I’ve been saying for 20 years that I’m going to write a buddy movie about Jesus and the 12. I’ve got the whole thing in my head.
But who am I to put words in the mouth of Jesus? The idea of creating a fictional Jesus who does and says things that are not in the Bible could easily be the pinnacle of hubris.
I believe John Steinbeck was gripped by a similar fear. He and Elaine rented a cottage in England in 1959 so that he could work on his 20th century update of Le Morte d’Arthur by Thomas Malory, after he abandoned his half-finished story of Don Quixote as an old man in California who has watched one-too-many westerns on TV.
He explained his motive for Le Morte d’Arthur shortly before he left England.
“Malory wrote the stories for and to his time. Any man hearing him knew every word and every reference. There was nothing obscure, he wrote the clear and common speech of his time and country. But that has changed—the words and references are no longer common property, for a new language has come into being. Malory did not write the stories. He simply wrote them for his time and his time understood them … And with that, almost by enchantment the words began to flow…”
– John Steinbeck, from a letter dated March 27, 1959.
Steinbeck’s unfinished works, King Arthur and His Noble Knights and Don Keehan, Marshall of Manchon, are both amazing, and he never explained why he didn’t publish them. But having read everything Steinbeck ever wrote – including 50 years of his private correspondence published as A Life in Letters – I am convinced that John Steinbeck heard the same voice in his mind that I hear in mine, “Just who the hell do you think you are?”
But still, I remain committed to making my buddy movie about Jesus and the 12.
It occurred to me 2 years ago that I could save a lot of money on set design and costumes if I moved the story from Israel 2,000 years ago to the city of New Orleans today; interesting people in comfortable clothes in a colorful city.
Little did I know that Chris Poché already had my idea. But Chris didn’t discover his buddy movie in the Bible. Chris Poché, like John Steinbeck, saw a buddy movie in Don Quixote de La Mancha.
In a recent interview with Mike Rowe, Poché said,
“And when I started reading it, what struck me was that it’s not a big epic tale. It’s little. He never gets out of his neighborhood. He’s on this cruddy old horse that can’t go very far. He just rides around the neighborhood doing crazy crap. And I’m reading and thinking, ‘Well, that could happen to anybody, any place, any time. I don’t need the desert in Spain in 1605. I don’t need to see a monster through his eyes. That windmill was not a giant. That was the whole point. He’s nuts… Maybe I could just make this [movie] right here. Doesn’t matter where it is. Doesn’t matter what year it is. It could happen to anyone.’ Little did I know, at that moment it was happening to me.”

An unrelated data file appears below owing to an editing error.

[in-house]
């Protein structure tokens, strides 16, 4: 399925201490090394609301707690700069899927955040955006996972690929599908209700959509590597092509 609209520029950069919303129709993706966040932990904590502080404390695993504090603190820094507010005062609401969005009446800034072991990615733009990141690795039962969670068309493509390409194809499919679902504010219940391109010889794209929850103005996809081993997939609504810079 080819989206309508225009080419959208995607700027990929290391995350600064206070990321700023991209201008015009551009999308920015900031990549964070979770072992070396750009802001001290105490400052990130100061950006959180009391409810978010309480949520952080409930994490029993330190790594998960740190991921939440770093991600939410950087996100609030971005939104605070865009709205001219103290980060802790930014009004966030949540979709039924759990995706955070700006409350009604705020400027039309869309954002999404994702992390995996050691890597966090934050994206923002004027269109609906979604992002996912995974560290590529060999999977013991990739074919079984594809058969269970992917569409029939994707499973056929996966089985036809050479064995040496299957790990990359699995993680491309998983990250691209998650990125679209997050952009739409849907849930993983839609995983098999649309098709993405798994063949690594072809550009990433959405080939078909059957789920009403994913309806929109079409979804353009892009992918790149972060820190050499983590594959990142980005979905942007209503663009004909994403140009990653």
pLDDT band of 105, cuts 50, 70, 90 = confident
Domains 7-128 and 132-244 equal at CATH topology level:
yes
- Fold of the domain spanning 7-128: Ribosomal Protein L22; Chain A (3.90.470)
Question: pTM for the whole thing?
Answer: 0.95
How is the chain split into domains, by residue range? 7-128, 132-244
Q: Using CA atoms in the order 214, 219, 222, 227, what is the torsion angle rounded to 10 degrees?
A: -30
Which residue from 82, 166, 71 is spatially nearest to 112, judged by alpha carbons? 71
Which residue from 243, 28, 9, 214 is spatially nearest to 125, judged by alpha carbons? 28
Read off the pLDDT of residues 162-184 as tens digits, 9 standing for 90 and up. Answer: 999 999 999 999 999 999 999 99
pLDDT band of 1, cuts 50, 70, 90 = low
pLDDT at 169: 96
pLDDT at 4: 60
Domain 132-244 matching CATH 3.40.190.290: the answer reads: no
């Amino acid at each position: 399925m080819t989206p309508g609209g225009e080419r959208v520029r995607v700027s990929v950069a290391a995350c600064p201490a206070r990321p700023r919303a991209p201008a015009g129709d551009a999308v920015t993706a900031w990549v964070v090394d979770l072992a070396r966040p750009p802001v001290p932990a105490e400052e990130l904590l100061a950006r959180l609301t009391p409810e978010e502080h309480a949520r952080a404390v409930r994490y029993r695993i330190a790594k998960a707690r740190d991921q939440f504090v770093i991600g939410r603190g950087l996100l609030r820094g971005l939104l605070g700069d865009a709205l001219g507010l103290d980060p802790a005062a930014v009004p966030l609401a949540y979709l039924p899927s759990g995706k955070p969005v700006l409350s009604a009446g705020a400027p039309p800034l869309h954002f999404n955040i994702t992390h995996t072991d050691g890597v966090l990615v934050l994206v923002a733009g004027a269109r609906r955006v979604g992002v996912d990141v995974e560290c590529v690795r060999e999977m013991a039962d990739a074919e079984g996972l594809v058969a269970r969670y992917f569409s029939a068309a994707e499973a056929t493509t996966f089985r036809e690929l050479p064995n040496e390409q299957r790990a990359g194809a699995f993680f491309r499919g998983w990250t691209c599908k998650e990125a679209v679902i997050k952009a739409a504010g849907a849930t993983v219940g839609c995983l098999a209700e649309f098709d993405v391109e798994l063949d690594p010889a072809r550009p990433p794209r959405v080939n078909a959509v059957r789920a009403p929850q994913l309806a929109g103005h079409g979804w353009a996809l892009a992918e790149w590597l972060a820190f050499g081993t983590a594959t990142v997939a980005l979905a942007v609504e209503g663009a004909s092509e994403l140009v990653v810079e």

Chris Poché of New Orleans is what the cognoscenti of Wizard Academy call, “our brand of crazy.” And it is this special brand of craziness that has made Chris and a few dozen of his buddies an important part of Mardi Gras.
“Everyone in New Orleans is Don Quixote. Everyone. That stupid little Mardi Gras club happened because I looked at my buddy who is my accomplice in all things stupid. I looked at him and said, ‘Do you know what? We’re going to start one of these clubs, but we’re not marching, we’re riding around in power recliners dressed like lounge lizards.’ And he went, ‘Yeah.’ And eight months later, we were in the biggest parades because everyone here supports madness and Quixotic quests. Nobody looks at you like you’re crazy. They look at you like, ‘Hey, that’s a great idea.’ The stupider the better.”
Are you willing to be my accomplice in something stupid?
It would be irresponsible to call this a class, because a class has a focused educational agenda; something that will save you time or solve a problem or make you money. I don’t plan to do any of that. I’m just going to tell a bunch of true stories about success and failure and show some fascinating movie clips and answer a lot of interesting questions and eat a lot of good food and maybe have an ad-venture or two. Who knows.
But we will talk a little about Jesus and Don Quixote and John Steinbeck and String Theory and Hemingway’s Old Man and the Sea and I’ll share a few memories of the late Kary Mullis, the inventor of Polymerase Chain Reaction (PCR) and the winner of the Nobel Prize.
Kary was our brand of crazy.
And somewhere along the way we’ll look into the science of creating magnetically attractive characters in fiction, and do some associated exercises that will help you create a more interesting brand, a more entertaining movie, a more widely-read book, a more effective ad; whatever it is you are doing that deserves more attention than it’s been getting.
In a nutshell, I’m going to be sharing the most important things I’ve learned during the last 40 years about how to write ads, how to influence people, how to build a successful business.
I’ve seen it, been it, done it, hundreds of times.
Let me save you from years of frustration making costly mistakes.
Roy H. Williams
“Gauguin decided at a certain point he wasn’t a banker anymore; he was a painter. And so he walked away from banking. I think we have a right to change course. But society is the one that keeps demanding that we fit in and not disturb things. They would like you to fit in right away so that things work now.” – Anais Nin
To enter the hole of the raging rabbit, just click the image of Dog Quixote at the top of this page. Aroo. – Indy
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